Sure, Paris can get a bit crowded during the holidays. And let’s face it, the sidewalks are even more congested this holiday season with the current indefinite strike. For those of you who don’t know, the strike against pension and retirement reforms started on December 5 and has severely disturbed the transportation system ever since. Adding to this charm is the fact that Paris gets “cold” (it’s all relative when you’re from New England) and more gray than usual by the time December rolls around. But if you can look past all that, there are plenty of things to keep your spirits up during the holidays in Paris.
White lights, colored lights, twinkly lights, old-fashioned big bulbs, tiny bulbs… The City of Light is on crack, people. And I love it.
Around every corner, you can find more decorations: Christmas trees with bows, festive wreaths, cheery lights strung across streets, ornaments dangling from awnings.
The whole city participates, from small boutiques and restaurants to big malls. Big shopping centers, like Printemps Haussmann and Galeries Lafayettes, put up themed window displays with animated figures every year. Here’s one at BHV Marais ->
How can you look at all this and be in a bad mood? It’s the kind of scene that can warm even the grinchiest of hearts. So go ahead and “ooh” and “ahh” to your heart’s content. I know that I am!
I can smell it now. And it smells like Christmas. Vin chaud – literally “hot wine”, but the anglophone version is called mulled wine. Wow, it sounds wayyy better in French.
Red wine is usually the base of this hot drink, to which is often added cinnamon, orange or lemon juice, and an orange slice. If not already sweetened, it may be served with some sugar on the side, so you can sweeten it to your liking. I generally prefer it as is. Admittedly, it’s not what one would consider “good” wine, but I’m not one to turn up my nose in this kind of situation.
Most cafés, even if they don’t advertise it, will have a prepared pot of it ready to be served. It’s a great way to warm up while taking a break from holiday shopping. You can even sit outside in the comfort of a heated terrace. They can be found all over Paris. And while we’re on the topic, why are there not more heated outdoor seating areas in the US?? Wouldn’t it make winter happy hour so much better?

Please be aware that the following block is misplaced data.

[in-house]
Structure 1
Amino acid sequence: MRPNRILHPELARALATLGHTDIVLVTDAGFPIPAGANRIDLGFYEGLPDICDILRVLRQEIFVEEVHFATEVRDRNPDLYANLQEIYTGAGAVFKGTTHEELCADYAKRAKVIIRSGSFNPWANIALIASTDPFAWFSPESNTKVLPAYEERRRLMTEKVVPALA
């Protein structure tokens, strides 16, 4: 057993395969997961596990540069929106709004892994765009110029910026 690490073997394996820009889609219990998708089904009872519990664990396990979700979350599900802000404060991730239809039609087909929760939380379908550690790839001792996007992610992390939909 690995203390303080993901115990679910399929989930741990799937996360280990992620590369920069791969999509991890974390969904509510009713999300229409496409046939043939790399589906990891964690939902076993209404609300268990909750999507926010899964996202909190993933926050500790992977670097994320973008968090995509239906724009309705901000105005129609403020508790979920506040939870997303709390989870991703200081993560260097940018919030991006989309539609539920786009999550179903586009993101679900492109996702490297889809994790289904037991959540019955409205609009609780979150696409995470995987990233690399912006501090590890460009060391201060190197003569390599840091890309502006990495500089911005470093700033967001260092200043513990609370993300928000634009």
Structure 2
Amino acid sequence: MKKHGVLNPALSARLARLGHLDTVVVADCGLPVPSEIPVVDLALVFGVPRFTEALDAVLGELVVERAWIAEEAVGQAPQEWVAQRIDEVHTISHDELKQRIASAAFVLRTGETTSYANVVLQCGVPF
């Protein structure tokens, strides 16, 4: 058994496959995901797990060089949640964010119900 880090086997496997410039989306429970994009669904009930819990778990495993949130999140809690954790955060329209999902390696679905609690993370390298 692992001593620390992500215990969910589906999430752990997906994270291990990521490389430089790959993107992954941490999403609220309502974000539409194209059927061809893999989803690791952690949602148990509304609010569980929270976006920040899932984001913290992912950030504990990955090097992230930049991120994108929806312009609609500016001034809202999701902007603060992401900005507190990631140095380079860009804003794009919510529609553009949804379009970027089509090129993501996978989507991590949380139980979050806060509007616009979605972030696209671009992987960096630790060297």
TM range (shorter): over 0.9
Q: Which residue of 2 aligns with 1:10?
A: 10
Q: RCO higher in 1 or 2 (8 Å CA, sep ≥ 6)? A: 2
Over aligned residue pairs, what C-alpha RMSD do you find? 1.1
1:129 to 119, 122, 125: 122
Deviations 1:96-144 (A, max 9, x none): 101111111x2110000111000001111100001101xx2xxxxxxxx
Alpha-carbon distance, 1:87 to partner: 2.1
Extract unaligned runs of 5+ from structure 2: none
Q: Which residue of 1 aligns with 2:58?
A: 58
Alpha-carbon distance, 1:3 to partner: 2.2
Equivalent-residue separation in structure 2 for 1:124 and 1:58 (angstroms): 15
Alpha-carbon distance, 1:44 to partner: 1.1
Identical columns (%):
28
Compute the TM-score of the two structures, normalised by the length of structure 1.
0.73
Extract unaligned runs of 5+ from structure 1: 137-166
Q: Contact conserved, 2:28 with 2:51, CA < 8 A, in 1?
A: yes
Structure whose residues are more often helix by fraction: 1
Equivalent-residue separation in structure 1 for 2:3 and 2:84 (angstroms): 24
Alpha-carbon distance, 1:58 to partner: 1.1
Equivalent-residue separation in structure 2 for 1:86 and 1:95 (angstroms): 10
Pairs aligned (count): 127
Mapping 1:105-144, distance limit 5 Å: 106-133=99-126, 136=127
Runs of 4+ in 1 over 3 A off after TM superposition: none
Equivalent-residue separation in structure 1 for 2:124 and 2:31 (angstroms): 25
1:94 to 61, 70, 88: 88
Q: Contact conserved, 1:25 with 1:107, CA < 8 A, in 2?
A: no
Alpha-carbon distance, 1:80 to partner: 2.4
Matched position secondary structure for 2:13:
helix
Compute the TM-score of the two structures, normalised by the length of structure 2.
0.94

How great are these outdoor heating lamps? A big YES to extending the season of outdoor seating and people watching until…well, forever. There is far less competition for seats than there was a month ago, and this Connecticut girl is not afraid of a little breeze. Admittedly, most of the people sitting outside on the coldest days are smokers… but I’m not going to let them ruin this for me!
Marchés de Noël
There are so many Christmas markets throughout Paris. The smaller, often more specialized, ones may only be scheduled for one weekend, but several markets set up camp and stay open for weeks. They can be a bit touristy, but it’s still fun to stroll around. Grab some of the aforementioned vin chaud or chocolat chaud, if that’s more your thing, and check out the offerings. Artisans set up their wares in chalets – wooden stands, fashioned to look like little houses. Jewelry, scarves, ornaments, wood carvings, dried sausages, cheese, spreads, linens, ceramics, chocolates, soaps, lotions, etc. There’s usually a section with comforting, warm food and drinks as well.
Some of the bigger markets have rides, like at a carnival. I personally never go on structures that are meant to be taken apart a few weeks later. That just doesn’t sit well with me.
I recently discovered that the Christmas markets often have a lot of the same chalets. After visiting a market in the city of Lille a few weeks ago, near the Belgian border, I then saw a couple of the same stands at the Jardin des Tuileries market in Paris. While disappointing to see the commercialization of the Christmas markets, I’m sure that some stands still feature small artisans, and I’ll be sure to pay more attention to those ones!
Et toi? What brings you joy during the holidays?